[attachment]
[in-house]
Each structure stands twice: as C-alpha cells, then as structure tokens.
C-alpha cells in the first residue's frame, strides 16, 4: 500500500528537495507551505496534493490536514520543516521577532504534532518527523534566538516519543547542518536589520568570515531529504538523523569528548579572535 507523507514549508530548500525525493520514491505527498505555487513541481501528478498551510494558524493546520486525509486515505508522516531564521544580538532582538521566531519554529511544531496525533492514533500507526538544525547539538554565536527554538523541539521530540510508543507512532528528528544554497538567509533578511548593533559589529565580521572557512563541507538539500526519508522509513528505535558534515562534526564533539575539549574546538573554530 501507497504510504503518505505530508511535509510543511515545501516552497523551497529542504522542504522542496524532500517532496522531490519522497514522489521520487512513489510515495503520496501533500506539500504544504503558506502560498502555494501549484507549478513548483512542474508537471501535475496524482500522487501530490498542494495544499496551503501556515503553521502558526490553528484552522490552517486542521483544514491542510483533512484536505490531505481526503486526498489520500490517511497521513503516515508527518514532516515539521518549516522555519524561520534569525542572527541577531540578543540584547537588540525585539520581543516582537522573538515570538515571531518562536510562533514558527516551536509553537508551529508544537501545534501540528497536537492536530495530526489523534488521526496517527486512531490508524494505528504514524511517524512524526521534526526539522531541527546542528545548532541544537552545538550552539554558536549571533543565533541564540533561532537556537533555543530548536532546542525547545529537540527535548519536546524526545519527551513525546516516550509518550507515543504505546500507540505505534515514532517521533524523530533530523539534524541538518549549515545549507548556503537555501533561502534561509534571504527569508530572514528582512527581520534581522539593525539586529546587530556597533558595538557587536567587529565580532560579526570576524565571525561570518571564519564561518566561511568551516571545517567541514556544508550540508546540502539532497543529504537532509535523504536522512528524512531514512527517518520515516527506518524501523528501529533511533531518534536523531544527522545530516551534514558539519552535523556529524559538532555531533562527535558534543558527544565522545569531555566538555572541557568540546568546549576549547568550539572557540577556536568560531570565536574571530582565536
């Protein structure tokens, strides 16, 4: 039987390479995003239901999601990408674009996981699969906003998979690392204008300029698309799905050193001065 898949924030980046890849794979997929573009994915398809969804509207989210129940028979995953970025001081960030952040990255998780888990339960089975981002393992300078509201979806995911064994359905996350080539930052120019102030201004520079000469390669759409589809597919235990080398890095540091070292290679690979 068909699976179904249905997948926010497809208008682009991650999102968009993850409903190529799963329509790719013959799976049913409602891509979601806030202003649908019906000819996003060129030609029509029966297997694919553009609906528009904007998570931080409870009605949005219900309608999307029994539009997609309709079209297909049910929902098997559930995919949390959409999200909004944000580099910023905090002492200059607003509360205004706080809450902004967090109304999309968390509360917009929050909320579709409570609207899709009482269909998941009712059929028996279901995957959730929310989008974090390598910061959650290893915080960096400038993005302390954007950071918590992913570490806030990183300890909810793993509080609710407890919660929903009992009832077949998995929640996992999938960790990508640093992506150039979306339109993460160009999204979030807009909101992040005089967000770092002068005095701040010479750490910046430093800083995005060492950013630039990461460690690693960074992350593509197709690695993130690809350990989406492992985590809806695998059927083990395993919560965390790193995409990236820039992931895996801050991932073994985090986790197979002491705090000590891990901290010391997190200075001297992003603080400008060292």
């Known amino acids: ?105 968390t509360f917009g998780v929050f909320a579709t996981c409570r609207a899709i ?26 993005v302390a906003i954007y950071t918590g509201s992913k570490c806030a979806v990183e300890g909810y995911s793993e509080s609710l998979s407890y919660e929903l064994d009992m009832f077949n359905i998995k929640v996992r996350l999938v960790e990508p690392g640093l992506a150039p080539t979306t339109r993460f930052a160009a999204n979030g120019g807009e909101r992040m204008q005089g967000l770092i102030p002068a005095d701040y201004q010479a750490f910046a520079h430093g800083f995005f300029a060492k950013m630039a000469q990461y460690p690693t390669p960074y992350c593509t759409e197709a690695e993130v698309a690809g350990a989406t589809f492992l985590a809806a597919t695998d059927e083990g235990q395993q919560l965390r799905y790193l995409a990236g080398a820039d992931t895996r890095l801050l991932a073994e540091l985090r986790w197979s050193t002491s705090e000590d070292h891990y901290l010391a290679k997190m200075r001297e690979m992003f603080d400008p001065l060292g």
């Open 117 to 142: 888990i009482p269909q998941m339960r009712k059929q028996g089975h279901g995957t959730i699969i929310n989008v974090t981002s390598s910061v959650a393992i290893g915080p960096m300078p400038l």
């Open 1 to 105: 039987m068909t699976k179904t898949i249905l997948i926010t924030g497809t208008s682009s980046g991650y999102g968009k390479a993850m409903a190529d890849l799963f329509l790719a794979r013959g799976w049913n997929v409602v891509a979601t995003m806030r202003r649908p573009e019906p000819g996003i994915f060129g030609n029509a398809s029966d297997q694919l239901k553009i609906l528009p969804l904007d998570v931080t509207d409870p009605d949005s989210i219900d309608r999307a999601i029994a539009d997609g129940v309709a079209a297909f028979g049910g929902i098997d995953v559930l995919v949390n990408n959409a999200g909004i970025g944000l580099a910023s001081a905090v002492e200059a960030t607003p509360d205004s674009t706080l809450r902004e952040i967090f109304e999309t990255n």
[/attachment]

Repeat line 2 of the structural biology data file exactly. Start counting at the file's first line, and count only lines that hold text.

Each structure stands twice: as C-alpha cells, then as structure tokens.